All of a sudden, everybody’s getting chickens.
It started before the recession, over the past couple of years, but it’s really taken off in the past six months. Acquaintances talk of how many square feet their new garden plot is or how many varieties of tomatoes that they’ve planted. People under the age of 65 have taken to canning.
Three decades of increasing interest in farmers markets combined with a steady drumbeat of deaths from industrial foods combined with an awareness of one’s carbon footprint and “food miles” combined with the fear of an unknown—could this recession slide into a depression?—have combined to give people a powerful urge to be self-reliant. Newspapers across the country have started interviewing the elderly, to talk about what tricks they learned in order to survive the Great Depression, and many of us are taking notes. I don’t think it’s motivated by fear. Maybe we all want to produce something tangible, to have the satisfaction of contributing to the world something more real than the mortgage-backed securities and the collateralized debt obligations, created by the bankers and the mortgage brokers, that evaporated overnight last summer. Maybe we just want to know that, if all else fails, we can rely on ourselves.
We tilled up another 250 feet of garden weekend before last. Our horse has produced a good batch of manure for us this year, and we’re doctoring the soil with that as we haul it up in the pickup. We’ve got nearly 100 tomato plants, of five different varieties. Onions and potatoes are in the ground. Lettuce, broccoli, and cucumbers are all under grow lights, waiting for the soil to warm up. There will be squash, blackberries, radishes, basil, rosemary, and a dozen other different food crops. Apple trees, peach trees, and chickens are all in the not-so-distant future. We put up about eighty cans of food last year; we’ll certainly do more this time around. We’re learning to make pasta and different varieties of bread. I made tortilla chips this evening.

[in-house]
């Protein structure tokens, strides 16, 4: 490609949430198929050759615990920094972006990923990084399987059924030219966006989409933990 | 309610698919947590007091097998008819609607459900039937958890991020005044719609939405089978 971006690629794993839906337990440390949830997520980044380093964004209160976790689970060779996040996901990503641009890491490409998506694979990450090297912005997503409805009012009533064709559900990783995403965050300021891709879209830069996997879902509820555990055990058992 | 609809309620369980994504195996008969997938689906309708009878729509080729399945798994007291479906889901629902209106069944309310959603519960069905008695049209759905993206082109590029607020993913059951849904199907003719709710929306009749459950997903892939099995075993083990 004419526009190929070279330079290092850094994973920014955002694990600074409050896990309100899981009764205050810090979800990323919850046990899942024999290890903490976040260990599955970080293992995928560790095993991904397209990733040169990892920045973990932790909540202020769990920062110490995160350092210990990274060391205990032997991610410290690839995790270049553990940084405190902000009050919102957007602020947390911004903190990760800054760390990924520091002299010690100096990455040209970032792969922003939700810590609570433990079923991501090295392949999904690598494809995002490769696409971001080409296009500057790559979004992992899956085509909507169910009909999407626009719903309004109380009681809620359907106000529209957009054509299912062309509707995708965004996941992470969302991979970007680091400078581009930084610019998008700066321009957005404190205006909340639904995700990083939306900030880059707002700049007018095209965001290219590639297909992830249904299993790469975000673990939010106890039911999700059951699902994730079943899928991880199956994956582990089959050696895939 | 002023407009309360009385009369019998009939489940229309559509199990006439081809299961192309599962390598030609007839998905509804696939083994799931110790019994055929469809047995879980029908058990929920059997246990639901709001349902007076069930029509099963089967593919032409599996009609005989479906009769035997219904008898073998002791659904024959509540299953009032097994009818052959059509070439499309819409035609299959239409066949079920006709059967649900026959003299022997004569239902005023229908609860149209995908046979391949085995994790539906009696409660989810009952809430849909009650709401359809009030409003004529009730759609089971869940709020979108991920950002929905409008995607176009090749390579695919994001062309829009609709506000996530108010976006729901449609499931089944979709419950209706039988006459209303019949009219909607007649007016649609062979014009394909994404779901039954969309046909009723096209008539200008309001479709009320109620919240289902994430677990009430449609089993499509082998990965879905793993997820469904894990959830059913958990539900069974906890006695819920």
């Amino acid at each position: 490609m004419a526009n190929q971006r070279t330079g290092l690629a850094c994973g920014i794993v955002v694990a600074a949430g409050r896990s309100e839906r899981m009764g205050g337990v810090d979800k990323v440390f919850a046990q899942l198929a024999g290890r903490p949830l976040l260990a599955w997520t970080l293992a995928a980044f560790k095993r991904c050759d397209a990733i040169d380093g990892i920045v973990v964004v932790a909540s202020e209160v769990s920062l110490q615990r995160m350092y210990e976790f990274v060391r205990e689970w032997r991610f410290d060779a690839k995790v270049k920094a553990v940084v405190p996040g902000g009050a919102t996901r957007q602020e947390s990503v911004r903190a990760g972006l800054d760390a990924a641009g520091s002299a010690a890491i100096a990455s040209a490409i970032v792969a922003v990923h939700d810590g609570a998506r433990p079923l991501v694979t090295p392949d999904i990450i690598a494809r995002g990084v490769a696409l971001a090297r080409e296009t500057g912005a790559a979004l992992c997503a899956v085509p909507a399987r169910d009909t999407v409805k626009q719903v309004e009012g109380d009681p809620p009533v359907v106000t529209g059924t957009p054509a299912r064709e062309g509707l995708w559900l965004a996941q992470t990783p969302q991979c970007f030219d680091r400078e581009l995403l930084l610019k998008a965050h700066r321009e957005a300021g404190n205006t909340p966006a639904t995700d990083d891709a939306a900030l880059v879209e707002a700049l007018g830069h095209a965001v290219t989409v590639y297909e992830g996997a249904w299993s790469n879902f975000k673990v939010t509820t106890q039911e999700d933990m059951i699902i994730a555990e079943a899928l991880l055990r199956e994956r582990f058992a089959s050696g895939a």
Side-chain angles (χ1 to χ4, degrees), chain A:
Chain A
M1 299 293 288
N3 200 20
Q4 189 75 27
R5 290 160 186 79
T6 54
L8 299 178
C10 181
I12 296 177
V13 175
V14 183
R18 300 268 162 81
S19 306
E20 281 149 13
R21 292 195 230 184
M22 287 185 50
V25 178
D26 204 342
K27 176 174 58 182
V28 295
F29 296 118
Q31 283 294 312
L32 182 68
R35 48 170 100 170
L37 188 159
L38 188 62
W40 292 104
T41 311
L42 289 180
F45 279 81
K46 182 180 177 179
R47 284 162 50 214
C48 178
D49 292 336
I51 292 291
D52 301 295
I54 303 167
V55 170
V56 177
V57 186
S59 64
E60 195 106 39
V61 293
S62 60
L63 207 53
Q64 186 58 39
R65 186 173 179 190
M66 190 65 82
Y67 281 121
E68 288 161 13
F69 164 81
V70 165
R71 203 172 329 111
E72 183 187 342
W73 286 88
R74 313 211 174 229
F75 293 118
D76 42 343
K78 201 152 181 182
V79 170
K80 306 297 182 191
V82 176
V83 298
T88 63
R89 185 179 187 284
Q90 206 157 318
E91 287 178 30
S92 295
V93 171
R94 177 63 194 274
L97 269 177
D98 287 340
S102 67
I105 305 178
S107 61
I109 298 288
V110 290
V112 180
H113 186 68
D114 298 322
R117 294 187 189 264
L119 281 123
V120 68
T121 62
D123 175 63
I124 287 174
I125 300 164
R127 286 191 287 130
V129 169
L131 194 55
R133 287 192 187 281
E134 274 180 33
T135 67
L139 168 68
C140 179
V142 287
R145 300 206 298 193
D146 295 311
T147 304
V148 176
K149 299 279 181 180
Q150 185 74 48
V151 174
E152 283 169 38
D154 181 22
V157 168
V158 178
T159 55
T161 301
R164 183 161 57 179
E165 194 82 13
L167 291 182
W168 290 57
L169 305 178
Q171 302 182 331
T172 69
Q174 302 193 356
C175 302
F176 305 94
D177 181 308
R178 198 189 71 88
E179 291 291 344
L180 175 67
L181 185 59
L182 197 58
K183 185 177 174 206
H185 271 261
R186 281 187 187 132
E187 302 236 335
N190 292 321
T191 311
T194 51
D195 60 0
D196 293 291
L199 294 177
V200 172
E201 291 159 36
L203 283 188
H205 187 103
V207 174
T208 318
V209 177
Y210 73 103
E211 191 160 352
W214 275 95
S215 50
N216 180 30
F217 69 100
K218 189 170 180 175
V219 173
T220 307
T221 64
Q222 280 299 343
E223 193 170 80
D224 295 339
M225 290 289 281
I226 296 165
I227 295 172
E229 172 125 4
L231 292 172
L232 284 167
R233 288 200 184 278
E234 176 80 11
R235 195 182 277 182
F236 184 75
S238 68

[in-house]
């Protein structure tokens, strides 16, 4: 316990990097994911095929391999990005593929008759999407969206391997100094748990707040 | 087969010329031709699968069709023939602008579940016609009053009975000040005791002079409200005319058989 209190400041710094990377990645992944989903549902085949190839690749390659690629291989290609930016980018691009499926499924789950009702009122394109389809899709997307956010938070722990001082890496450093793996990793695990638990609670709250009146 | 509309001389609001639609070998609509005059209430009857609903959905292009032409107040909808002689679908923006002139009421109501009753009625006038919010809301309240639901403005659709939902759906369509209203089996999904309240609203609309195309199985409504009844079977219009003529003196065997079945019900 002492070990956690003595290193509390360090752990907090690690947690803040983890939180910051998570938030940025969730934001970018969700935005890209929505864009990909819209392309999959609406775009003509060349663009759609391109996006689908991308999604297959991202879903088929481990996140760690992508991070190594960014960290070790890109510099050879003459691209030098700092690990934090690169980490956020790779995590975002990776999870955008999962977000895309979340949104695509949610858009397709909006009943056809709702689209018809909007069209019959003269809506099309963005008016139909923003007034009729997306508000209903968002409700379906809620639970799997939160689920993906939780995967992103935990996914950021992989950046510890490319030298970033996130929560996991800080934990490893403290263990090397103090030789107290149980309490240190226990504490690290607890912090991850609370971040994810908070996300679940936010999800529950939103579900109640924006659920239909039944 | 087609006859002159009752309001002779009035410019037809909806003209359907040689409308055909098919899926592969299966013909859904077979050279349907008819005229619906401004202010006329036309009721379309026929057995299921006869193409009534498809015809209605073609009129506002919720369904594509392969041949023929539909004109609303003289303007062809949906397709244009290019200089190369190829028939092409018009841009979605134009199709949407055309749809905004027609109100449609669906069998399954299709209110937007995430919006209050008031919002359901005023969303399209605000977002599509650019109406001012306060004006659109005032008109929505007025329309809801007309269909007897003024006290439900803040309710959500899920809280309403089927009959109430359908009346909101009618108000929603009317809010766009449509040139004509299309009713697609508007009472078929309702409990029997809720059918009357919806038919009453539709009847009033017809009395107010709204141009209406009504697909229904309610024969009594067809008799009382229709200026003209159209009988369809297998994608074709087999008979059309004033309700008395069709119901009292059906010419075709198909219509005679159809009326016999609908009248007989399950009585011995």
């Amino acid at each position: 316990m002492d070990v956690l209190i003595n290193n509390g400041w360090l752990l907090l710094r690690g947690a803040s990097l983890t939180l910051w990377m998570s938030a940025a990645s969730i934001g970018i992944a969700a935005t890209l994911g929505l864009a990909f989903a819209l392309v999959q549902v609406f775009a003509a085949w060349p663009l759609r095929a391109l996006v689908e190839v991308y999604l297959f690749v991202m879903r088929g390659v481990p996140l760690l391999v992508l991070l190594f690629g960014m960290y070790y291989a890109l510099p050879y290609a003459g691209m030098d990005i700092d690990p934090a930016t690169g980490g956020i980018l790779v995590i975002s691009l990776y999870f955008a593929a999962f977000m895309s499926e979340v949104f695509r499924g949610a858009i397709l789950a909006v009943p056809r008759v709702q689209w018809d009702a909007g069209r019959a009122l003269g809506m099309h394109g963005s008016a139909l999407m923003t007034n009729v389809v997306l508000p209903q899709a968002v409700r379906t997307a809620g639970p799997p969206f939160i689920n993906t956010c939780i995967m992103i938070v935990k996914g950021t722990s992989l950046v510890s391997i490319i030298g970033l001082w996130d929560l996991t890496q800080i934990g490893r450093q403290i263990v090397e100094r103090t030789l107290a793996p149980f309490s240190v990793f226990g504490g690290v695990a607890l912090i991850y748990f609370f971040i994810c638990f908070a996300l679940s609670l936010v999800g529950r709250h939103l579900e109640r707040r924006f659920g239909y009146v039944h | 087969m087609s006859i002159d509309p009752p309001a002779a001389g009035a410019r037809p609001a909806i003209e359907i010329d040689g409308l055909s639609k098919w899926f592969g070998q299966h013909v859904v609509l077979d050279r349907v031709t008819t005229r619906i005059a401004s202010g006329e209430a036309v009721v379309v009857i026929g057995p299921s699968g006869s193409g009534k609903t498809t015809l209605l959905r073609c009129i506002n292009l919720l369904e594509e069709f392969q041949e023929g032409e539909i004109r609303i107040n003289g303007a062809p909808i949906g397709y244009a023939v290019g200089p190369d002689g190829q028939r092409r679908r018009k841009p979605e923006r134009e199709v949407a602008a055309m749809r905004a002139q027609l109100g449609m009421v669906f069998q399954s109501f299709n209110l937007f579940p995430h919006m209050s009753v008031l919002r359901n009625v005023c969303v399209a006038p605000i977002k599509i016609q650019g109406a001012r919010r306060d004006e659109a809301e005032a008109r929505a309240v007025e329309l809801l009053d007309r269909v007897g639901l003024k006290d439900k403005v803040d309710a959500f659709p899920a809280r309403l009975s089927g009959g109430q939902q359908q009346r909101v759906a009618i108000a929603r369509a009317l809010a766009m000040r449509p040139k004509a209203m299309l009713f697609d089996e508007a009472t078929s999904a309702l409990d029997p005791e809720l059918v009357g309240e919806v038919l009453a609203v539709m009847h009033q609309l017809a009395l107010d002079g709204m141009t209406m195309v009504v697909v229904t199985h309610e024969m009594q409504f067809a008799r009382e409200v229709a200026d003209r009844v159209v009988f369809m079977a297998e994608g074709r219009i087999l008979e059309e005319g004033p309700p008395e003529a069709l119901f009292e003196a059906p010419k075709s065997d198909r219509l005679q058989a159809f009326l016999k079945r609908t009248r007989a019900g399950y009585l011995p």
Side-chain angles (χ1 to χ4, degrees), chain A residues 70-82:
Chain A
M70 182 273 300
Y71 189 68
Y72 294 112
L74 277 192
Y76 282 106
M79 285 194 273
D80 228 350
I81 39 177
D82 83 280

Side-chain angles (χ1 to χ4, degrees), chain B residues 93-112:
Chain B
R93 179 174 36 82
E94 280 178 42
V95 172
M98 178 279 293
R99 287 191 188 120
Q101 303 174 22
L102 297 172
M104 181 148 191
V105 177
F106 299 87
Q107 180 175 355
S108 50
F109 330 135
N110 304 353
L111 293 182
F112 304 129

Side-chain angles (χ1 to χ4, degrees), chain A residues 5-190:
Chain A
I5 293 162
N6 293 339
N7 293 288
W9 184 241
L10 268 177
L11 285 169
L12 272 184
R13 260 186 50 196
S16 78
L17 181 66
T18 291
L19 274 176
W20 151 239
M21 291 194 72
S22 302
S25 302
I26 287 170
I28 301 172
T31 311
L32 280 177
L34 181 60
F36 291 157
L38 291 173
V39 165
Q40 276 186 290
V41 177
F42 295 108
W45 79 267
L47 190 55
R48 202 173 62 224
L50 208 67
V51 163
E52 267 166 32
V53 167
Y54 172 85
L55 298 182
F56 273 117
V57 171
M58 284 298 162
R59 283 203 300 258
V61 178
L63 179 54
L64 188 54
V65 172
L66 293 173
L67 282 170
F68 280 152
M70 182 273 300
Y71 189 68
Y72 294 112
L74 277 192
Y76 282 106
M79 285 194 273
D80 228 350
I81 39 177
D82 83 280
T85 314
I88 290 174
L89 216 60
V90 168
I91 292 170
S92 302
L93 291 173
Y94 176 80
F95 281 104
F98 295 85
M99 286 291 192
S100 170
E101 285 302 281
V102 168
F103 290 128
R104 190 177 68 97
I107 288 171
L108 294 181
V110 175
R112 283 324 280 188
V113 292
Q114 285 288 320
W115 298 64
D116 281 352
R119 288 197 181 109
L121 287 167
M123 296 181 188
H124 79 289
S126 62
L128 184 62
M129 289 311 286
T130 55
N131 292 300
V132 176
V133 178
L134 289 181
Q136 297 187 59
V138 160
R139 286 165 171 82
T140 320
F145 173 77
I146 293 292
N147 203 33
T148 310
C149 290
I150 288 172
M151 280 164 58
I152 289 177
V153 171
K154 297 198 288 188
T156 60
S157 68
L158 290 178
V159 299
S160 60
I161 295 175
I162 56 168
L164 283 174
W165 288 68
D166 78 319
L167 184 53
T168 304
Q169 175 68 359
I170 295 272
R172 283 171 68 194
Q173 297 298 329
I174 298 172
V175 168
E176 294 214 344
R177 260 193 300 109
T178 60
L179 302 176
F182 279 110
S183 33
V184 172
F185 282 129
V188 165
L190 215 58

Last week I attended a local food roundtable held by Rep. Tom Perriello. A few dozen people were invited, all involved in the production, distribution, and promotion of food in the northern end of the Fifth District. Everybody agreed that folks want their food to be local and everybody agreed that’s better for the economy, for our environment, and for our health. And it just doesn’t get any more local than your backyard.
I have to wonder if this is a fad, if this is another round of Y2K preparation for another disaster averted. Or maybe how we’ve been eating for the past sixty years is the fad, a fad that’s now fading.